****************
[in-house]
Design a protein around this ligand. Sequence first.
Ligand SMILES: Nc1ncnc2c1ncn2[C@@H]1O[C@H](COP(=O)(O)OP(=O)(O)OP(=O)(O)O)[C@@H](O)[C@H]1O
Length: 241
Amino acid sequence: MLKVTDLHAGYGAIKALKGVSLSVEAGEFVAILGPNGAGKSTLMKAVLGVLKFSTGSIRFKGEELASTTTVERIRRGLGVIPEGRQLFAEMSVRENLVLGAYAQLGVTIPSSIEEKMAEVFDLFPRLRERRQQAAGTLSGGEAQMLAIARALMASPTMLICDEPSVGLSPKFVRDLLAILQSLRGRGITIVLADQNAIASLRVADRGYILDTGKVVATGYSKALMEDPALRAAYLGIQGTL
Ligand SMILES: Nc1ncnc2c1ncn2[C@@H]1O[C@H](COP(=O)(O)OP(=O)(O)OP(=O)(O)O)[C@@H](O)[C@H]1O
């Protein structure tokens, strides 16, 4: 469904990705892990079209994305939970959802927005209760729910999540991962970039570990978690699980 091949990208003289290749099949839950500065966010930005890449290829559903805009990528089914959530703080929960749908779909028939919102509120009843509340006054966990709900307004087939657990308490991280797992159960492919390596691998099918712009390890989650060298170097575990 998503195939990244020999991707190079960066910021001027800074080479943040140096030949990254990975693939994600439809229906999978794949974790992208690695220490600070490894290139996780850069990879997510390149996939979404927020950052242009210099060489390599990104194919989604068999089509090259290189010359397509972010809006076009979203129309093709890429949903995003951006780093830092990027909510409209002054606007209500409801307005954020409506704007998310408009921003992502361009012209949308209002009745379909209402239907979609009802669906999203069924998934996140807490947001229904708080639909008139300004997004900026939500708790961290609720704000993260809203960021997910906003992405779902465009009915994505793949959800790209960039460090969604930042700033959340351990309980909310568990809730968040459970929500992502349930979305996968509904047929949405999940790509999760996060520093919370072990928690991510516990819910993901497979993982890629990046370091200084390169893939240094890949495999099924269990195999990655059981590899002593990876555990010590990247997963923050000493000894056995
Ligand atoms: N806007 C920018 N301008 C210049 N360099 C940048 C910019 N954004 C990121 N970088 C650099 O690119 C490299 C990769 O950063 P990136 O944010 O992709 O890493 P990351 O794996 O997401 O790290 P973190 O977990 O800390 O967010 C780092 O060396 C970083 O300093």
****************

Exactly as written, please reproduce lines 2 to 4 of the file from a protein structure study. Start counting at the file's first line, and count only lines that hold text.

Design a protein around this ligand. Sequence first.
Ligand SMILES: Nc1ncnc2c1ncn2[C@@H]1O[C@H](COP(=O)(O)OP(=O)(O)OP(=O)(O)O)[C@@H](O)[C@H]1O
Length: 241